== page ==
Do you think more athletes should protest? Have your say on CNN Sport’s Facebook page.

Last year, Kaepernick, then with the San Francisco 49ers, became a lightning rod when he refused to stand during the national anthem, saying he didn’t want to “show pride in a flag for a country that oppresses black people and people of color.”

His sitting, which later turned to kneeling, drew fierce criticism but sparked a national movement. Other athletes, from elementary schools to professional leagues, followed his lead.

Kaepernick still doesn’t have a job as an NFL quarterback. But that hasn’t deterred all NFL players from following his lead this season. In addition to Bennett, Raiders running back Marshawn Lynch – a former teammate of Bennett’s – sat during the anthem ahead of Oakland’s preseason game against the Arizona Cardinals on Saturday.

On Tuesday, Bennett spoke at length about Kaepernick.

“I think Colin Kaepernick was one of the best fighters in sports history for … equality in my generation,” Bennett said. “I think people thought that it would go away because he was out of the NFL, but it’s still going on.

“And there’s still a fight going on. There’s still racism going on. There’s still social inequality going on. Just because he’s out of it doesn’t mean the fight is not gone. Because people figure that we’re athletes that we shouldn’t be a part of that message, they think we’re not that black. We’re another category. But I’m in the same category.”

“If I’m not in Seattle, if I’m driving through Idaho or some other place where people don’t know me for being who I am,” he continued, “I could be judged on the color of my skin. … Kaepernick led us to remember that, and I think we can’t let that message die.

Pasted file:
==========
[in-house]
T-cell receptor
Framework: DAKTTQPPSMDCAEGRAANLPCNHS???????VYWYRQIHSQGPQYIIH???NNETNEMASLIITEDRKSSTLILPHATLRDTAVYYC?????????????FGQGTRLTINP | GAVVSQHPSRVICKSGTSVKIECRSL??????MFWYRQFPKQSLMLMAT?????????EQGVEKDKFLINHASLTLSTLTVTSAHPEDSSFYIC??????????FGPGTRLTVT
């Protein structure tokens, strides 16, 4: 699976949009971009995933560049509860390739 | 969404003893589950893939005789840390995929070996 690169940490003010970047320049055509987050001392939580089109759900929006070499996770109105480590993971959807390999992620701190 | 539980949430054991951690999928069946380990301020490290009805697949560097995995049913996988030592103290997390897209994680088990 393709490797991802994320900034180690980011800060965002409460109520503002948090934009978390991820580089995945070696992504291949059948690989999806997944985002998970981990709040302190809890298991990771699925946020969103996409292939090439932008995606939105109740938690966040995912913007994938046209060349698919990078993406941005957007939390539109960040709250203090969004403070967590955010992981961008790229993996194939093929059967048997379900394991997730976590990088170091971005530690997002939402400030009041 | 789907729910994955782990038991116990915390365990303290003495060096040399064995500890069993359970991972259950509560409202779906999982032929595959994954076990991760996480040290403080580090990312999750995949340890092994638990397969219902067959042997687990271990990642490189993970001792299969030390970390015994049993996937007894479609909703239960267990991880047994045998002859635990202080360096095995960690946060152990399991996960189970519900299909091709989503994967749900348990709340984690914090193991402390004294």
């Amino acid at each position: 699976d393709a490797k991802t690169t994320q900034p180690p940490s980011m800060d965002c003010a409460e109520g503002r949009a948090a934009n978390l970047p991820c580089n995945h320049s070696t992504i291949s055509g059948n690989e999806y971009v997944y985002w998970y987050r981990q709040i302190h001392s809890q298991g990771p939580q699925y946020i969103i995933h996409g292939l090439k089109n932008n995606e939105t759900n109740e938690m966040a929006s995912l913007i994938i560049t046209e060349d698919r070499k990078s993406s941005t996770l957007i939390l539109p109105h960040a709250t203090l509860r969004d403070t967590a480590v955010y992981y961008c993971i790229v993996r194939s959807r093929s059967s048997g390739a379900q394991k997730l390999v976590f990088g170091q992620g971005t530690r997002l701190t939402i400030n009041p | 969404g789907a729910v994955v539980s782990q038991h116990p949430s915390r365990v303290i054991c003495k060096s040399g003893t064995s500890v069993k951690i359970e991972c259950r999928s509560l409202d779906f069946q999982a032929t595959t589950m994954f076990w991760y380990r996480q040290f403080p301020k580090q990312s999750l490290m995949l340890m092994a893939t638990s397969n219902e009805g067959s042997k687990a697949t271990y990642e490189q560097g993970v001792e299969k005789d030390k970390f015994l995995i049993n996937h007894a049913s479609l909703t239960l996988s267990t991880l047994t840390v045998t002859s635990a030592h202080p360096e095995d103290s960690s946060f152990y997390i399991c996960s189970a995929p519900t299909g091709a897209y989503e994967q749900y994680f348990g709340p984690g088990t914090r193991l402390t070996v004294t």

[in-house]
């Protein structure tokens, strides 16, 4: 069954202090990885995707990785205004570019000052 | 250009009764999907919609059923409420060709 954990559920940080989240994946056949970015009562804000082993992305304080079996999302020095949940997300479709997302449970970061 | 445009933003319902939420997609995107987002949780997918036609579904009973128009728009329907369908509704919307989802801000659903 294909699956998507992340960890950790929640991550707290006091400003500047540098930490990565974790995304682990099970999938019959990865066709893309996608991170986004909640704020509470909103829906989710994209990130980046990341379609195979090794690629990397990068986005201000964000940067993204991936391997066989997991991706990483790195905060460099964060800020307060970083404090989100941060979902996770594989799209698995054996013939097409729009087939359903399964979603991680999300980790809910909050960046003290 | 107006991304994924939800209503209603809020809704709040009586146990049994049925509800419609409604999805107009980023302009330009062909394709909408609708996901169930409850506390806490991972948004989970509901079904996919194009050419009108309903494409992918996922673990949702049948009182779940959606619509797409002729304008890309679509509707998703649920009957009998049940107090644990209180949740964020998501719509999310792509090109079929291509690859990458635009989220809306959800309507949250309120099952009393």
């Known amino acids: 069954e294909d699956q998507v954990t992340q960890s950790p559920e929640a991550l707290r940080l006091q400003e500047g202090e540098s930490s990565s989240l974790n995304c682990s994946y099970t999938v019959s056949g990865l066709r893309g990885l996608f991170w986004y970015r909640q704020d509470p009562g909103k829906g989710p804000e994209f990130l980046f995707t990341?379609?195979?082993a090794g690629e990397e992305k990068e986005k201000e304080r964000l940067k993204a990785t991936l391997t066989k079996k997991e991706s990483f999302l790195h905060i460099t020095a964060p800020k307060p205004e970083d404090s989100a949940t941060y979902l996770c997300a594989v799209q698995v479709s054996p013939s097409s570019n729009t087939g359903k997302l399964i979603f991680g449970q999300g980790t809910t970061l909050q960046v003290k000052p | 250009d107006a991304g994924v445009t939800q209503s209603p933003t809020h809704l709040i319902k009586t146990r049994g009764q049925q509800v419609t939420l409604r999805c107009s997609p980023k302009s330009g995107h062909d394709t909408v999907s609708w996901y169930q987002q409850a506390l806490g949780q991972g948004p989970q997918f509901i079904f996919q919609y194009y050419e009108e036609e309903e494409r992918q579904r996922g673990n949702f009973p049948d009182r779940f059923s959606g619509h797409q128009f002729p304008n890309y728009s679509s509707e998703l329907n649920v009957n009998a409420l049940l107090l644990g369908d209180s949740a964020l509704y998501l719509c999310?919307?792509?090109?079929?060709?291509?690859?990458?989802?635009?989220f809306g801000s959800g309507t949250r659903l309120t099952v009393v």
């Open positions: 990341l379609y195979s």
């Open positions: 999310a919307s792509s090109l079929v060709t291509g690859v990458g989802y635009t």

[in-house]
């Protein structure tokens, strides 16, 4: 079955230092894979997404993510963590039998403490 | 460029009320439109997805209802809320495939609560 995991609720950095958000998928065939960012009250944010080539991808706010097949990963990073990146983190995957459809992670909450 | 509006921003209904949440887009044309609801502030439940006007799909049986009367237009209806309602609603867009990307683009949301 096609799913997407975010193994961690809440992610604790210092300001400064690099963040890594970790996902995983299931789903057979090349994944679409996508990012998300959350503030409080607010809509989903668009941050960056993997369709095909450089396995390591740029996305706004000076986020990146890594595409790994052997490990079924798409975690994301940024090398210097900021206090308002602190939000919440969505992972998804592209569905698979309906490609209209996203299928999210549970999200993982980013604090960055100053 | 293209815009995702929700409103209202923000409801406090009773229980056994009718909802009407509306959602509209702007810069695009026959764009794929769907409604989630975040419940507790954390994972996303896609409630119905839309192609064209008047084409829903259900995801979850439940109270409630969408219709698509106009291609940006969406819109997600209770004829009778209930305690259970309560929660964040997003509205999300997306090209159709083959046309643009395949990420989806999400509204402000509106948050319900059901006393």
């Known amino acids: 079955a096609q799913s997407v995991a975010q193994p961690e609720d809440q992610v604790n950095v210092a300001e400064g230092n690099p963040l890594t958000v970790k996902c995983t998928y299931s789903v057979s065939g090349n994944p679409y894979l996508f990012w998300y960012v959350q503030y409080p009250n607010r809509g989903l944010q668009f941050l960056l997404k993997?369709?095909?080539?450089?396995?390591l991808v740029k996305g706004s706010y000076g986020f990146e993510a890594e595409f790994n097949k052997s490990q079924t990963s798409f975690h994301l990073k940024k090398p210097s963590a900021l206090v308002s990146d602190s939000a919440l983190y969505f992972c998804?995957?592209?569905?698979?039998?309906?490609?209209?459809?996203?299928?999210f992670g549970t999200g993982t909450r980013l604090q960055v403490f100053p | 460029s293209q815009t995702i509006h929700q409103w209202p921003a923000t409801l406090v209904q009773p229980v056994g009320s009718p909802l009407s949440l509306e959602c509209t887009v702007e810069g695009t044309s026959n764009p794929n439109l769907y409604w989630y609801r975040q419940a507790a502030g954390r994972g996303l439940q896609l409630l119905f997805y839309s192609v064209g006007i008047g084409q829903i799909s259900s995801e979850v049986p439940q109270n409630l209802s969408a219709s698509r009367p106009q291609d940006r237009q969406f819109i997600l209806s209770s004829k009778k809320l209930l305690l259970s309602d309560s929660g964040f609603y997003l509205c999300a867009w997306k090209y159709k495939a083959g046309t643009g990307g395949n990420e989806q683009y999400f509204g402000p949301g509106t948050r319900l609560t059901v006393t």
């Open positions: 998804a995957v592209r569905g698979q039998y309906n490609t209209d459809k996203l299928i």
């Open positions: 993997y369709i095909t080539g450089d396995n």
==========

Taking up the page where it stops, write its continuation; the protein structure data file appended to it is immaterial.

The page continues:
“We’ve got to continuously fight the good fight, and that’s the fight for everybody to have equality, everybody to have freedom. I think that fight is something we all should be fighting. I wish more players would stand up and say what they really believe, because this is the truth that we all believe, but I think everybody is fearful of what would happen.

“Nobody wants to be Kaepernick. If silence is what we have to do – I can’t do it anymore.”

Bennett entered the NFL as an undrafted free agent with the Seahawks on April 26, 2009, and later was claimed by Tampa Bay off waivers on Oct. 12, 2009. Bennett, who played for the Buccaneers from 2009-2012, signed with the Seahawks as an unrestricted free agent on March 15, 2013. He re-signed a multi-year contract with the team on March 10, 2014.

During Seattle’s postseason Super Bowl XLVIII championship run, Bennett tied for team lead with 1.5 postseason sacks and had two forced fumbles and two fumble recoveries.

Bennett, who attended high school in Houston, played college football at Texas A&M. His brother, Martellus Bennett, is a tight end for the Green Bay Packers.